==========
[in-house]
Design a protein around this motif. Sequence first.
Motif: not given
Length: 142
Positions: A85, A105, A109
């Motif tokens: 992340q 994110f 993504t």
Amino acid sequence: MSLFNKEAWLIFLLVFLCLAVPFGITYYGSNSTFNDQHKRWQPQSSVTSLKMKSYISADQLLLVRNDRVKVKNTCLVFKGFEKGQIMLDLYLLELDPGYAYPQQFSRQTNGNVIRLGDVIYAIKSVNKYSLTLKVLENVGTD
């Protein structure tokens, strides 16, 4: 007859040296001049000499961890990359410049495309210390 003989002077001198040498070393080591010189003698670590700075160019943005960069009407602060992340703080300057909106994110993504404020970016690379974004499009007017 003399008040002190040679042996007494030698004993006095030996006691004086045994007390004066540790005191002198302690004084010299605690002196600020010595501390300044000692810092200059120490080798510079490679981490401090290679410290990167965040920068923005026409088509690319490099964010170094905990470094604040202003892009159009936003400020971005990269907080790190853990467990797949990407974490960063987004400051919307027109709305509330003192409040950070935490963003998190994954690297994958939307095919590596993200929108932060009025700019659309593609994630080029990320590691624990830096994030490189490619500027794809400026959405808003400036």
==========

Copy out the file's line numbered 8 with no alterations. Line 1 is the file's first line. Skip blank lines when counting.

């Protein structure tokens, strides 16, 4: 007859040296001049000499961890990359410049495309210390 003989002077001198040498070393080591010189003698670590700075160019943005960069009407602060992340703080300057909106994110993504404020970016690379974004499009007017 003399008040002190040679042996007494030698004993006095030996006691004086045994007390004066540790005191002198302690004084010299605690002196600020010595501390300044000692810092200059120490080798510079490679981490401090290679410290990167965040920068923005026409088509690319490099964010170094905990470094604040202003892009159009936003400020971005990269907080790190853990467990797949990407974490960063987004400051919307027109709305509330003192409040950070935490963003998190994954690297994958939307095919590596993200929108932060009025700019659309593609994630080029990320590691624990830096994030490189490619500027794809400026959405808003400036």